One of the main reasons for going to Ukraine, other than getting the passport stamp, was to visit Chernobyl and Pripyat and get an understanding of the disaster and how it affected everyone involved. The plan was to visit the museum in Kyiv a day or two before and then do the full day tour to Chernobyl. This has been one of the most difficult chapters for us to put together. Trying to find the balance between being informative without being overly technical, sharing what we did without going step by step and explaining how we felt as we went along without boring everyone to tears has been very difficult. Part of it is due to the lack of consistent information, rollover from the soviet days, but also simply the fact that we did just move from one place to another stopping for a photo and then moving on.
So for those who don’t know much about it, in the most simplistic form the disaster unfolded like this. On the evening of the 25th of April, Reactor 4 at the Chernobyl Nuclear Power Plant, around 110km north of Kyiv, was undergoing some test procedures, as part of the test procedures they shut down the majority of the safety systems of the reactor. As they undertook the testing there was a massive surge of power in the reactor in the early hours of the 26th. This lead to an explosion within the reactor core, and with no hard containment around the reactor a fire caused the spread and dispersion of radioactive material into the atmosphere. Within minutes of the explosions emergencies crews were on site but no one, including the engineers and supervisors working on the plant realised how serious the damage was, particularly in regards to the radiation. This resulted in around 30 people dying from acute radiation poisoning within a few weeks. The number of people who have died or been affected by the radiation widely varies depending on who you’re speaking to.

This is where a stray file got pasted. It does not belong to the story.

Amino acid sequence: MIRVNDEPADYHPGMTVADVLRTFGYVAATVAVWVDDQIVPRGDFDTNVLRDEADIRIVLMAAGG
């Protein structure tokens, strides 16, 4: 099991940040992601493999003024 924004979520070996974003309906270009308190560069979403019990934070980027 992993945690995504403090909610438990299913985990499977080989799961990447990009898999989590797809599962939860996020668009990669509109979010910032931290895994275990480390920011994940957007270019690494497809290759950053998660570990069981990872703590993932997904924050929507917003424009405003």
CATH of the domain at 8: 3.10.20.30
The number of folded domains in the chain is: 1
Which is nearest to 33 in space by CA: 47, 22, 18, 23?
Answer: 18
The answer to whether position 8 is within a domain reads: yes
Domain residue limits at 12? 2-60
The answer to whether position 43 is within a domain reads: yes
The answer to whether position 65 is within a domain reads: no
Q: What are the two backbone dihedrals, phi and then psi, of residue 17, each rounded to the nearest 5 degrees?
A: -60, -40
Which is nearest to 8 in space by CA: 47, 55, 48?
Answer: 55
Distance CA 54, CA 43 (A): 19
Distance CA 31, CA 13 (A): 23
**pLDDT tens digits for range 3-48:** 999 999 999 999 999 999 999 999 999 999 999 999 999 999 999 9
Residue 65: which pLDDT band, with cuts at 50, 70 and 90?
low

Pripyat was a purpose built city only a few kms to house around 50,000 workers and their families of the plant. They were eventually evacuated on the afternoon of the 27th, 36 hours after the event had occurred. The residents were left unaware of any real dangers posed and were told that they would only be evacuated for 3 days. It wasn’t until the morning of the 28th when anyone outside of the Soviet Union had any idea of the incident when a nuclear plant in Sweden noticed spikes in their radiation levels. Eventually they worked out it was coming from somewhere within the Soviet Union. To put it into perspective, there was 400 times more radioactive material released at Chernobyl than in the bombing of Hiroshima. The fires would go on for 9 days, continually spraying radioactive material into the atmosphere which would spread across the USSR and Europe.
The day before the tour we went to Chernobyl Museum to learn a bit more in detail of the disaster. The exhibition has an amazing number of artefacts and shows some quite detailed information about the people involved and some of their personal belongings. While it was definitely worth a visit as it gives a good perspective on the enormity of the situation, there wasn’t enough information about the technical side of the incident and how/why it occurred. It was initially blamed on operator error but this was revised to a few years later which shifted the blame onto poor design and construction of the reactor. We also thought that it was very light on with details about acute radiation poisoning and the lasting health effects, probably because they don’t want to admit how bad it was or how many people were really affected by it.